Oppression and Liberty
The remarkable French thinker Simone Weil is one of the leading intellectual and spiritual figures of the twentieth century. A legendary essayist, political philosopher and member of the French resistance, her literary output belied her tragically short life. Most of...
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The remarkable French thinker Simone Weil is one of the leading intellectual and spiritual figures of the twentieth century. A legendary essayist, political philosopher and member of the French resistance, her literary output belied her tragically short life. Most of her work was published posthumously, to widespread acclaim. Always concerned with the nature of individual freedom, Weil explores in"Oppression and Liberty its political and social implications. Analysing the causes of oppression, its mechanisms and forms, she questions revolutionary responsesand presents a prophetic view of a way forward. If, as she noted elsewhere, 'the future is made of the same stuff as the present', then there will always be a need to continue to listen to Simone Weil. to listen to Simone Weil.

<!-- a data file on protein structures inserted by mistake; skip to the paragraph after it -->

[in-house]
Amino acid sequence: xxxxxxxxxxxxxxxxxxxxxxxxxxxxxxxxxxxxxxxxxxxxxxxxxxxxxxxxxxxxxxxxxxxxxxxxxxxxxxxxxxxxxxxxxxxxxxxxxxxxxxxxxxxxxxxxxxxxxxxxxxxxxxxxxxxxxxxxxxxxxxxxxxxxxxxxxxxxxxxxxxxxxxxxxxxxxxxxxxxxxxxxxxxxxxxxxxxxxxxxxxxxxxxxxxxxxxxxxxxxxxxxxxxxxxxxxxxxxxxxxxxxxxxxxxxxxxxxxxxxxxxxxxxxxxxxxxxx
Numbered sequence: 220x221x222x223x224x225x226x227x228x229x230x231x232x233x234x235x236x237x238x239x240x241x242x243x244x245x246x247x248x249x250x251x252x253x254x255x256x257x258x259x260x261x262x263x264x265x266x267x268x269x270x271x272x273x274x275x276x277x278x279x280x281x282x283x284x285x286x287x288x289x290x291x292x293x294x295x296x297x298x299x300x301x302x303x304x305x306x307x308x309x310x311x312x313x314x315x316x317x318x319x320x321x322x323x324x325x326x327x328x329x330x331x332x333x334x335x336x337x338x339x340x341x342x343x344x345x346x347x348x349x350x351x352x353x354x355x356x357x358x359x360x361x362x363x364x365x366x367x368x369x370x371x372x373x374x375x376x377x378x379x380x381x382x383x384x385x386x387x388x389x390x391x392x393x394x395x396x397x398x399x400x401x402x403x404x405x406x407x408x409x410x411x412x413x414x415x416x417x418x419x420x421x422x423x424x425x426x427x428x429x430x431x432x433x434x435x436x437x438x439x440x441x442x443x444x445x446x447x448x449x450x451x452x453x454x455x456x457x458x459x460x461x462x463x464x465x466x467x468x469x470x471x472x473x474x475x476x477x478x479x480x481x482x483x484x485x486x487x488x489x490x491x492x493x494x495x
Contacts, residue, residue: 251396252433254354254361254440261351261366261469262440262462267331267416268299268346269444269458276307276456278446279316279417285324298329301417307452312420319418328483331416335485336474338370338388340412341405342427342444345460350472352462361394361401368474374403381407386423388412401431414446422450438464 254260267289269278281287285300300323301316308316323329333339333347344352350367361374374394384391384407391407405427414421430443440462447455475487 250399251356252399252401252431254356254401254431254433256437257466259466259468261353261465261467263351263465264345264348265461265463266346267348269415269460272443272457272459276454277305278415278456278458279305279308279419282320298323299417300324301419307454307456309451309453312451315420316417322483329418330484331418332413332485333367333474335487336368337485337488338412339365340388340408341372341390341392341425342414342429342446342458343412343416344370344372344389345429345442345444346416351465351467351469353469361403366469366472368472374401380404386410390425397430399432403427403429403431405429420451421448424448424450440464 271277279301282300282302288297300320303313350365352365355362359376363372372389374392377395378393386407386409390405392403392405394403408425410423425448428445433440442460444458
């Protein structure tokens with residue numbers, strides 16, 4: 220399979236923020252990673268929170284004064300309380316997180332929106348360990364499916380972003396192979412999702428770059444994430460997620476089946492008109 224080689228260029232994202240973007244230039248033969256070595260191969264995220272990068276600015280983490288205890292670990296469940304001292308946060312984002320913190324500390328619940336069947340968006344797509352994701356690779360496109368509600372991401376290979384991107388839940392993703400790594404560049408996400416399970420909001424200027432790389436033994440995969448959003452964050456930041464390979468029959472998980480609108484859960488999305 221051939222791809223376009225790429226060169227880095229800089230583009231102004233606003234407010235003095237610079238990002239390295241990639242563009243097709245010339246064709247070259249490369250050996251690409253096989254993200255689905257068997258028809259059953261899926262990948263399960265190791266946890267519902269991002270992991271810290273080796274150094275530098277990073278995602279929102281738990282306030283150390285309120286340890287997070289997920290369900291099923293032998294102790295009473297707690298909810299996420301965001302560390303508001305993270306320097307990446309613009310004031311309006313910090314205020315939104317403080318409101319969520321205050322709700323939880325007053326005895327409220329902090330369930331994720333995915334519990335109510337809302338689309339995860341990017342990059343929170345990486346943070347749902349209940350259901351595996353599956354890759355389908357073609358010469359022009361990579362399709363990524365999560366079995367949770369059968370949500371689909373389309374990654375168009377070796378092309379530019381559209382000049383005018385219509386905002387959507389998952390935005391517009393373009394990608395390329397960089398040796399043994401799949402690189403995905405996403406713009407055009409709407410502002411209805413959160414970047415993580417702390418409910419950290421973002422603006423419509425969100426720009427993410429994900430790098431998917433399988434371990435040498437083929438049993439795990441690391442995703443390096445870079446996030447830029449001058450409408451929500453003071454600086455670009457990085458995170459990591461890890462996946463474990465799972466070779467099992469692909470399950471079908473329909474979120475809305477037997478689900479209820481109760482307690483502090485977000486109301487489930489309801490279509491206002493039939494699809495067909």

Born in Paris, Weil came from a highly intellectual family. After a brilliant academic career at school and university, she taught philosophy interspersed with periods of hard manual labor on farms and in factories. Throughout her life she combined sophisticated and scholarly interests with an extreme moral intensity and identification with the poor and oppressed. A twentieth-century Pascal (see Vol. 4), this ardently spiritual woman was a social thinker, sensitive to the crises of modern humanity. Jewish by birth, Christian by vocation, and Greek by aesthetic choice, Weil has influenced religious thinking profoundly in the years since her death. "Humility is the root of love," she said as she questioned traditional theologians and held that the apostles had badly interpreted Christ's teaching. Christianity was, she thought, to blame for the heresy of progress. During World War II, Weil starved herself to death, refusing to eat while victims of the war still suffered.